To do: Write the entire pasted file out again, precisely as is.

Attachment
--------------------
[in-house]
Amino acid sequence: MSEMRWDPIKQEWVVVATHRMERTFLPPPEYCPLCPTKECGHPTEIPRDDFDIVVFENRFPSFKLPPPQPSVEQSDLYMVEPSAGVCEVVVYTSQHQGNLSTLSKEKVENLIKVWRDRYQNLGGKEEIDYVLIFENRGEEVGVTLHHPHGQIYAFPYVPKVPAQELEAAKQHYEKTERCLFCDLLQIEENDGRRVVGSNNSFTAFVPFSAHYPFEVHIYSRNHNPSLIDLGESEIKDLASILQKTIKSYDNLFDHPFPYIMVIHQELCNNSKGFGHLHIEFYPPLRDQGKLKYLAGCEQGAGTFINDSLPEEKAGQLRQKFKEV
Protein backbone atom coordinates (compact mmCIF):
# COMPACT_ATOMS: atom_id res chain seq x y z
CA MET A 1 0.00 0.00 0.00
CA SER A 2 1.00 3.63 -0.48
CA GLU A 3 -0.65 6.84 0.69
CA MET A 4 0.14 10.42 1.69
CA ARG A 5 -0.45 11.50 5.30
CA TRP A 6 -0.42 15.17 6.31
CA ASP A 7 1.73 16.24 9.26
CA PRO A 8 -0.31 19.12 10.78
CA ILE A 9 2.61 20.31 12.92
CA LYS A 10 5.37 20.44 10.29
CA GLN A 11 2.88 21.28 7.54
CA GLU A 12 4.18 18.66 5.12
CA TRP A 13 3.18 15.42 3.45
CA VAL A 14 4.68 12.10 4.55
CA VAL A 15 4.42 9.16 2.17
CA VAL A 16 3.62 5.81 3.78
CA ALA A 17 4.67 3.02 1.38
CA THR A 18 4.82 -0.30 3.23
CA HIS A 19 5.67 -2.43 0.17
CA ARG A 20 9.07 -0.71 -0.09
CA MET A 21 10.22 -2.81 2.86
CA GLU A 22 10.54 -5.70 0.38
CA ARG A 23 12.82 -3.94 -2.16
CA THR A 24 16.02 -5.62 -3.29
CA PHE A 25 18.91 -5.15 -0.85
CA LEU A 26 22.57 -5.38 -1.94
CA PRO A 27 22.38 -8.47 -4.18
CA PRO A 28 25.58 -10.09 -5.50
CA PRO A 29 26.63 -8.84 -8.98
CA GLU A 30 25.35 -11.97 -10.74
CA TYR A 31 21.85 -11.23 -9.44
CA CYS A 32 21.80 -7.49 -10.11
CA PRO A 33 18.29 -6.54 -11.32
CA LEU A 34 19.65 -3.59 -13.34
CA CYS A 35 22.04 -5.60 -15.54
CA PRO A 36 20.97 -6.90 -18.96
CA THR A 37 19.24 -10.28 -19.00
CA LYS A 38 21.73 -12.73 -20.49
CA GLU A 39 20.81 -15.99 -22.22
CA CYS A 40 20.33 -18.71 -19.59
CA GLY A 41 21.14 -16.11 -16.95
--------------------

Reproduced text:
[in-house]
Amino acid sequence: MSEMRWDPIKQEWVVVATHRMERTFLPPPEYCPLCPTKECGHPTEIPRDDFDIVVFENRFPSFKLPPPQPSVEQSDLYMVEPSAGVCEVVVYTSQHQGNLSTLSKEKVENLIKVWRDRYQNLGGKEEIDYVLIFENRGEEVGVTLHHPHGQIYAFPYVPKVPAQELEAAKQHYEKTERCLFCDLLQIEENDGRRVVGSNNSFTAFVPFSAHYPFEVHIYSRNHNPSLIDLGESEIKDLASILQKTIKSYDNLFDHPFPYIMVIHQELCNNSKGFGHLHIEFYPPLRDQGKLKYLAGCEQGAGTFINDSLPEEKAGQLRQKFKEV
Protein backbone atom coordinates (compact mmCIF):
# COMPACT_ATOMS: atom_id res chain seq x y z
CA MET A 1 0.00 0.00 0.00
CA SER A 2 1.00 3.63 -0.48
CA GLU A 3 -0.65 6.84 0.69
CA MET A 4 0.14 10.42 1.69
CA ARG A 5 -0.45 11.50 5.30
CA TRP A 6 -0.42 15.17 6.31
CA ASP A 7 1.73 16.24 9.26
CA PRO A 8 -0.31 19.12 10.78
CA ILE A 9 2.61 20.31 12.92
CA LYS A 10 5.37 20.44 10.29
CA GLN A 11 2.88 21.28 7.54
CA GLU A 12 4.18 18.66 5.12
CA TRP A 13 3.18 15.42 3.45
CA VAL A 14 4.68 12.10 4.55
CA VAL A 15 4.42 9.16 2.17
CA VAL A 16 3.62 5.81 3.78
CA ALA A 17 4.67 3.02 1.38
CA THR A 18 4.82 -0.30 3.23
CA HIS A 19 5.67 -2.43 0.17
CA ARG A 20 9.07 -0.71 -0.09
CA MET A 21 10.22 -2.81 2.86
CA GLU A 22 10.54 -5.70 0.38
CA ARG A 23 12.82 -3.94 -2.16
CA THR A 24 16.02 -5.62 -3.29
CA PHE A 25 18.91 -5.15 -0.85
CA LEU A 26 22.57 -5.38 -1.94
CA PRO A 27 22.38 -8.47 -4.18
CA PRO A 28 25.58 -10.09 -5.50
CA PRO A 29 26.63 -8.84 -8.98
CA GLU A 30 25.35 -11.97 -10.74
CA TYR A 31 21.85 -11.23 -9.44
CA CYS A 32 21.80 -7.49 -10.11
CA PRO A 33 18.29 -6.54 -11.32
CA LEU A 34 19.65 -3.59 -13.34
CA CYS A 35 22.04 -5.60 -15.54
CA PRO A 36 20.97 -6.90 -18.96
CA THR A 37 19.24 -10.28 -19.00
CA LYS A 38 21.73 -12.73 -20.49
CA GLU A 39 20.81 -15.99 -22.22
CA CYS A 40 20.33 -18.71 -19.59
CA GLY A 41 21.14 -16.11 -16.95